(2) Hyperconjugation: This is a resonance effect due to overlap of the six C-H bonds with
the empty p orbital of the carbocation. For this overlap to be effective the C-H bonds must
be on the carbon directly connected to the carbocation.
The two electrons from the C-H bond on the alkyl group attached to
the carbocation can donate into the empty p orbital of the
carbocation. The two C-H electrons are partially delocalized onto the
p orbital. The more alkyl groups that are attached to the carbocation,
the more electron donation there is.
CH3
H
CH3
H
Another representation of this effect that is sometimes shown is as follows:
H
H
H
C CH3
H
CH3
H
C CH3
H
CH3
Now we can understand why tertiary alcohols react faster than secondary alcohols and why
secondary alcohols react faster than primary ones. It is due to the fact that the tertiary
alcohols, upon protonation and loss of water, form the more stable tertiary carbocations.
Tertiary carbocations are lower in energy than secondary and primary and methyl
carbocations and form faster.
11
CH. 4
A graphical comparison of the relative energies of the various carbocations shows that the
tertiary is much lower in energy and furthermore has a lower activation energy (EACT3°) so
that it forms much faster.
potential energy
H C H
H
R C H
H
R C R
R
EACT methyl
EACT1°
EACT2°
R C R
R
EACT3°
H
3°
H H
O
R C R
R
H
O
R C H
R
2°
H
H
O
R C H
H
1°
methyl
H H
O
H C H
H
Generally speaking, the primary and methyl carbocations are too high in energy to be
formed and are never observed. So with primary and methyl alcohols there is a different
mechanism.
SN2 Mechanism: Nucleophilic Substitution Bimolecular
With methyl alcohol and primary alcohol we have a different mechanism called the SN2
mechanism, where the “2” refers to the fact that the rate determining step has two
molecules coming together (i.e. bi-molecular).
The first step is the same as in the tertiary alcohol case: the alcohol oxygen is protonated so
as to make it into a good leaving group.
fast
CH3CH2CH2 O
+
H
H Cl
H
CH3CH2CH2 O
+
Cl
H
In the second step, the chlorine anion produced in the first step directly attacks the carbon
bearing the protonated hydroxyl group to replace it. The carbon bearing the oxygen has a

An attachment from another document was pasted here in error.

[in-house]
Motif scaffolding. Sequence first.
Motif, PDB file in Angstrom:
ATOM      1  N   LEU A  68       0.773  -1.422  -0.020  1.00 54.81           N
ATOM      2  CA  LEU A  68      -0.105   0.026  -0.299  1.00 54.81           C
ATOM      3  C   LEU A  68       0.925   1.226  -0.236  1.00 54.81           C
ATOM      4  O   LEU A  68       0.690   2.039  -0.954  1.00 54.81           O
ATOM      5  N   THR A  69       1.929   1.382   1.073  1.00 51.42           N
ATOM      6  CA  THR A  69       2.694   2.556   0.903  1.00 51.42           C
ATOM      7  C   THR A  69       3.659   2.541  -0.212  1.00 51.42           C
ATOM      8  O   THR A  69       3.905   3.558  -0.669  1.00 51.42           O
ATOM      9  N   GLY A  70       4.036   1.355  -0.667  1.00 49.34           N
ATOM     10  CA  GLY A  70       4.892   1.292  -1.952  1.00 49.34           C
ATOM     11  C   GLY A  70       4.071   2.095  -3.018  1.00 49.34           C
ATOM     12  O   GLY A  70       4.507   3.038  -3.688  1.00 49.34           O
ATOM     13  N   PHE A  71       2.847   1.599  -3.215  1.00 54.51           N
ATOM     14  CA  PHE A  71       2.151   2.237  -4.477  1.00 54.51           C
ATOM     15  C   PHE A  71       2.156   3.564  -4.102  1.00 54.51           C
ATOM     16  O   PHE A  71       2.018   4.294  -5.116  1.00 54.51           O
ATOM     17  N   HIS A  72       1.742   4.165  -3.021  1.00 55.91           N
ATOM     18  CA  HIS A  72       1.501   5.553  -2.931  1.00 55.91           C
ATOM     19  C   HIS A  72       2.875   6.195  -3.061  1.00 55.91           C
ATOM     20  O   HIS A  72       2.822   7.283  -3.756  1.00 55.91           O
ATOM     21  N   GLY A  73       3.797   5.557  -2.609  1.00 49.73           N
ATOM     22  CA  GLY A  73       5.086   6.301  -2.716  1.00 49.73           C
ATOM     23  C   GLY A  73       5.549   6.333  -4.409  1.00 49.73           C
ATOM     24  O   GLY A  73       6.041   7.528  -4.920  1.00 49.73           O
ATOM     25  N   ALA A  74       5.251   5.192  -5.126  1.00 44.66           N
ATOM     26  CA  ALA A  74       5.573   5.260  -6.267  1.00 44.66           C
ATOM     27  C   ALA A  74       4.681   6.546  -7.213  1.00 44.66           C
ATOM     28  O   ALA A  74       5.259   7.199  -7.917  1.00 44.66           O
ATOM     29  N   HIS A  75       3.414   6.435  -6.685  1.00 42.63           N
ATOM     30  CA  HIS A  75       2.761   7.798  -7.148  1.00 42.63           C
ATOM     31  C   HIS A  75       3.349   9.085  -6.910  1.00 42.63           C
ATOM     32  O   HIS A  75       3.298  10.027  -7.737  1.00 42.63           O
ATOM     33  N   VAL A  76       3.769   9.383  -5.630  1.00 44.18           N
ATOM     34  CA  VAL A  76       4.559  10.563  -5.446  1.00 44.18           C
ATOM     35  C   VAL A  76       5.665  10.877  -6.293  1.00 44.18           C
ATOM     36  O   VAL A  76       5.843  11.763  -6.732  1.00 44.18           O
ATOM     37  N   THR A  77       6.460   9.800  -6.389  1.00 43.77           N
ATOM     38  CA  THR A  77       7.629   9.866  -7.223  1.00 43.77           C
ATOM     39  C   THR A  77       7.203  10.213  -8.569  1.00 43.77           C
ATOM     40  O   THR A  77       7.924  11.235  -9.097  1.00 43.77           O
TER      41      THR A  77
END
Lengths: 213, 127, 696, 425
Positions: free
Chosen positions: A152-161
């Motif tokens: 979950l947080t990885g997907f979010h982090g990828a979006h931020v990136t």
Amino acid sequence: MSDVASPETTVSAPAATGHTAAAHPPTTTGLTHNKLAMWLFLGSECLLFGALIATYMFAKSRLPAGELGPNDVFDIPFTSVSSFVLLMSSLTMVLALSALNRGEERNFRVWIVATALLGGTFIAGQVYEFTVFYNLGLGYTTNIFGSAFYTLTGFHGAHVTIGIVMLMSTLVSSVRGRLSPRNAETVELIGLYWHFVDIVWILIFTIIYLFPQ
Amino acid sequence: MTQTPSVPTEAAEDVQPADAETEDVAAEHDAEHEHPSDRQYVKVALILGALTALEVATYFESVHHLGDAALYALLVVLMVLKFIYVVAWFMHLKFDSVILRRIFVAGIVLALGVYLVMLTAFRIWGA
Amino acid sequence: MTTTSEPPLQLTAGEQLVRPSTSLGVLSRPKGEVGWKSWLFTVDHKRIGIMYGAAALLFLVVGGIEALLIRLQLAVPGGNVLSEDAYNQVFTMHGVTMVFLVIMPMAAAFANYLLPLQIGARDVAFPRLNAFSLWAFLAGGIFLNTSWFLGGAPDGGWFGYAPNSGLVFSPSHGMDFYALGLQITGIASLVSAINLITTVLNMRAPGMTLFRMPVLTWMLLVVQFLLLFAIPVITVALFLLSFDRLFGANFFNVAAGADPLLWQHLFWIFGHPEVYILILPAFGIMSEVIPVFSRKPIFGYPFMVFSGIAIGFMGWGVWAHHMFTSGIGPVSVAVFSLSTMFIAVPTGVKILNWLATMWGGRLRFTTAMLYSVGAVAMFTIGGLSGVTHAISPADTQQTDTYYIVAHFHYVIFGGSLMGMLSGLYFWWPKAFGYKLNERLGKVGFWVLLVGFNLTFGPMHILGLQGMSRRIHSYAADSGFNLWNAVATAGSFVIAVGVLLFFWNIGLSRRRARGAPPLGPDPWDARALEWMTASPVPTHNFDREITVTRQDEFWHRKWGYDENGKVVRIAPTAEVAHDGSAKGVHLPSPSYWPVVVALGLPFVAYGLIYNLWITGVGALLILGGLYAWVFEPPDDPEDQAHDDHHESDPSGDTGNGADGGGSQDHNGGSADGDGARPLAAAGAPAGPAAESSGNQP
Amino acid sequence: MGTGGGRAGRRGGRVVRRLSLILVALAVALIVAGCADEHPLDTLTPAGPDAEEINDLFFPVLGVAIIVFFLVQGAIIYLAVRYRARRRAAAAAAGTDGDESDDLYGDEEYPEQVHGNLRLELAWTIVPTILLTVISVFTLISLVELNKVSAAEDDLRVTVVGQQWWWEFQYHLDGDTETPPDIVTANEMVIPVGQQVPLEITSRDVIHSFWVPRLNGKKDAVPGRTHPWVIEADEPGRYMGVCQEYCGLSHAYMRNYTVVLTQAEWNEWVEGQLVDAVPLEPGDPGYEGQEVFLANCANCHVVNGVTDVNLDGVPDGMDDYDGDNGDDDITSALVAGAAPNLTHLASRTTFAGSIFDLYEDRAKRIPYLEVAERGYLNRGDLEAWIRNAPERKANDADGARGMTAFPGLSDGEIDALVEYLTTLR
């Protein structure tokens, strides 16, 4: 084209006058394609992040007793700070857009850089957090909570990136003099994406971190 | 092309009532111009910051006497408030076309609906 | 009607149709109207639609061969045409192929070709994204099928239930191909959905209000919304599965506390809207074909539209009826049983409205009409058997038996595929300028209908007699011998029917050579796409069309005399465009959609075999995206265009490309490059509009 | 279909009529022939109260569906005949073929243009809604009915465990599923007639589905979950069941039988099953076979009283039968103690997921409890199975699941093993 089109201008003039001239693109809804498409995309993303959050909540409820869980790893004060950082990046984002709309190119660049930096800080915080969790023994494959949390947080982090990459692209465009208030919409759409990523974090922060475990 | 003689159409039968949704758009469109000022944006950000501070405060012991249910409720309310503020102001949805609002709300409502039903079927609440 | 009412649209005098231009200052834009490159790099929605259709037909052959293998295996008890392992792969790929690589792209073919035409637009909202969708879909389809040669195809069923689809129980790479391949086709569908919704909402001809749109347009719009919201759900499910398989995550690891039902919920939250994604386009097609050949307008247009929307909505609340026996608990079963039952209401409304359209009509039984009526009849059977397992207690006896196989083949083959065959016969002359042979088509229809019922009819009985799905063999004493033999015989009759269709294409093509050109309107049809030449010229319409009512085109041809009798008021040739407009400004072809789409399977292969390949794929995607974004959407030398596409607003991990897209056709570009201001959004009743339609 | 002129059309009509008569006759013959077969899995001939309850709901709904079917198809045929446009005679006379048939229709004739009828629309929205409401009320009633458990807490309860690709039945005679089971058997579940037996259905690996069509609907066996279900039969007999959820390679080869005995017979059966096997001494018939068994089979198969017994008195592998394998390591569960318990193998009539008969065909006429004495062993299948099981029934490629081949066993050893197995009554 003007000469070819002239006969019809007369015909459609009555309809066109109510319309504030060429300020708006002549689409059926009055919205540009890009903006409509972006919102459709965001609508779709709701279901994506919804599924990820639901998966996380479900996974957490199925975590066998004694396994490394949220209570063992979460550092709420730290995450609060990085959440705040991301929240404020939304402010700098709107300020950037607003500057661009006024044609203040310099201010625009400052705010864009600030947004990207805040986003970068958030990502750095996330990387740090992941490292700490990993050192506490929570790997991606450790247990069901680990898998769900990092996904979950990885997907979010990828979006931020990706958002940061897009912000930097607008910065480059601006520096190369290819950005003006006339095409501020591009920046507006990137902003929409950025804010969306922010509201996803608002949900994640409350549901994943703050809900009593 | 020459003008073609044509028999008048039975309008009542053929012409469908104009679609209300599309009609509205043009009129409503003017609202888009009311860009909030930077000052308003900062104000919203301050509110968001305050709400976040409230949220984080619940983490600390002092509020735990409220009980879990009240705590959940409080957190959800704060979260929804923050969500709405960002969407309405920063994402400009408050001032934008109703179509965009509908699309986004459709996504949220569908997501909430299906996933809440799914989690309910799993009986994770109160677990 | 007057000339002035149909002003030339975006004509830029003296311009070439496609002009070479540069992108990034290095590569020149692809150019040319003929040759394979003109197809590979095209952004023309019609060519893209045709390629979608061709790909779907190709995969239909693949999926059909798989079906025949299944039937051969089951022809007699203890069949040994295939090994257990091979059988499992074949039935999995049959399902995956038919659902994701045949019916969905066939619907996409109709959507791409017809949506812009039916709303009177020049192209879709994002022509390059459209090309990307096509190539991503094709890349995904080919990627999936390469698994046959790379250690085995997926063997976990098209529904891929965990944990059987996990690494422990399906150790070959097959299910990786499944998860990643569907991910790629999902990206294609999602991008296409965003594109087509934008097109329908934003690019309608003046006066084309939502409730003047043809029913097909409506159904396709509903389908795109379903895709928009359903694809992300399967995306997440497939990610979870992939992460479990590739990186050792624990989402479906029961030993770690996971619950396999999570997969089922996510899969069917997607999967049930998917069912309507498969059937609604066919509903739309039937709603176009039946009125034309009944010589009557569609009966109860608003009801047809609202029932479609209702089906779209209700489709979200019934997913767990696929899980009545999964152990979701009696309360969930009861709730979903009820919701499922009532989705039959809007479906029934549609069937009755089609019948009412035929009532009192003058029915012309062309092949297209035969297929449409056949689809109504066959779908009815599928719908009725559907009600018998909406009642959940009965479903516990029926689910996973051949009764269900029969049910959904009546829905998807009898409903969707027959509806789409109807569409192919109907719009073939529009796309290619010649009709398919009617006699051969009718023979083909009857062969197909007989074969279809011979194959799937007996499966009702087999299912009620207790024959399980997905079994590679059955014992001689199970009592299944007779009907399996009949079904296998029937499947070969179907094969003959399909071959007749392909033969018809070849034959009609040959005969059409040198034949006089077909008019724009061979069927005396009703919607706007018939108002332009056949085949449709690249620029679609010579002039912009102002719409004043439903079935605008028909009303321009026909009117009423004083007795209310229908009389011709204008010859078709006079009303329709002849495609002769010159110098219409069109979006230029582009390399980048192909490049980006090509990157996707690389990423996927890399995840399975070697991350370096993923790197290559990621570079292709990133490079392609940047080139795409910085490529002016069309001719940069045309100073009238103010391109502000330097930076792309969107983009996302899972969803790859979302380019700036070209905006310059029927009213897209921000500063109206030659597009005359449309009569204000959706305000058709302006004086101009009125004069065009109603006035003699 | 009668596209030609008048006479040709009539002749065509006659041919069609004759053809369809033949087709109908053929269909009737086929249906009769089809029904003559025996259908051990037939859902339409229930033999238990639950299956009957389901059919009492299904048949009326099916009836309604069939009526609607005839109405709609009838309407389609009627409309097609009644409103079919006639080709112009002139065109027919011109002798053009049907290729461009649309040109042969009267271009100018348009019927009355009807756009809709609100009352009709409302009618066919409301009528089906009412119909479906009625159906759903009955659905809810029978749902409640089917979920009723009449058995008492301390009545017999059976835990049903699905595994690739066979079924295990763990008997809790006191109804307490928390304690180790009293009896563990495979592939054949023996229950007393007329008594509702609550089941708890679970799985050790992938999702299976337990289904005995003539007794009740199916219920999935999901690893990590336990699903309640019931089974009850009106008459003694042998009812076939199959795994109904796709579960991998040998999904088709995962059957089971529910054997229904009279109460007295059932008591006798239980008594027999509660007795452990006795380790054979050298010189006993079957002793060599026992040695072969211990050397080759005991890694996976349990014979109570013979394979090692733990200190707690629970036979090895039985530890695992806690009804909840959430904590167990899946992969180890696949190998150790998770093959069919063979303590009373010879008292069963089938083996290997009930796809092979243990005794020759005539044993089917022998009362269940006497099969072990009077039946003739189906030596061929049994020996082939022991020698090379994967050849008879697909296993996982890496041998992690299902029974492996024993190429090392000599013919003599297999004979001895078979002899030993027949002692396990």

partial positive charge since the oxygen is more electronegative than carbon.
12
CH. 4
H
CH3CH2CH2 O
slow
CH3CH2CH2
H
CH3CH2CH2 O
H
δ+
Cl + H2O
H
The negatively charged chlorine is attracted to the
partial (+) charge on the carbon bearing the oxygen.
Cl
As will be discussed in much more detail in Chapter 8, the attack by the nucleophilic
chlorine occurs from the backside. The transition state is pictured below.
CH2CH2CH3
Cl
δ−
C
H H
H
O
δ+ H
In the transition state breaking of the C-OH2 bond is more or
less sequenced with formation of the C-Cl bond. Think of the
chlorine electrons as pushing out the electrons of the C-O
bond. The OH2 group leaves with these two electrons.
The potential energy versus reaction progress diagram shows two transition states
corresponding to the two steps. The second step has the higher activation energy and is
therefore the slow step and overall rate-determining step.
Cl−
Potential Energy
δ
CH2CH2CH3
H
C
O
+
δ H
HH
EACT2
EACT1
CH3CH2CH2OH
HCl
H
CH3CH2CH2 O
H
CH3CH2CH2
Cl
Reaction Progress
Other ways to convert alcohols to alky halides
(1) Thionyl Chloride: We can treat alcohols with boiling thionyl chloride (SOCl2) to
convert the alcohol to an alkyl chloride. This method is considerably milder than using
concentrated hydrochloric acid and is useful when the molecule contains sensitive
functional groups that would react with the strong acid. This is usually used with primary
and secondary alcohols since, as we have seen, tertiary alcohols react easily at low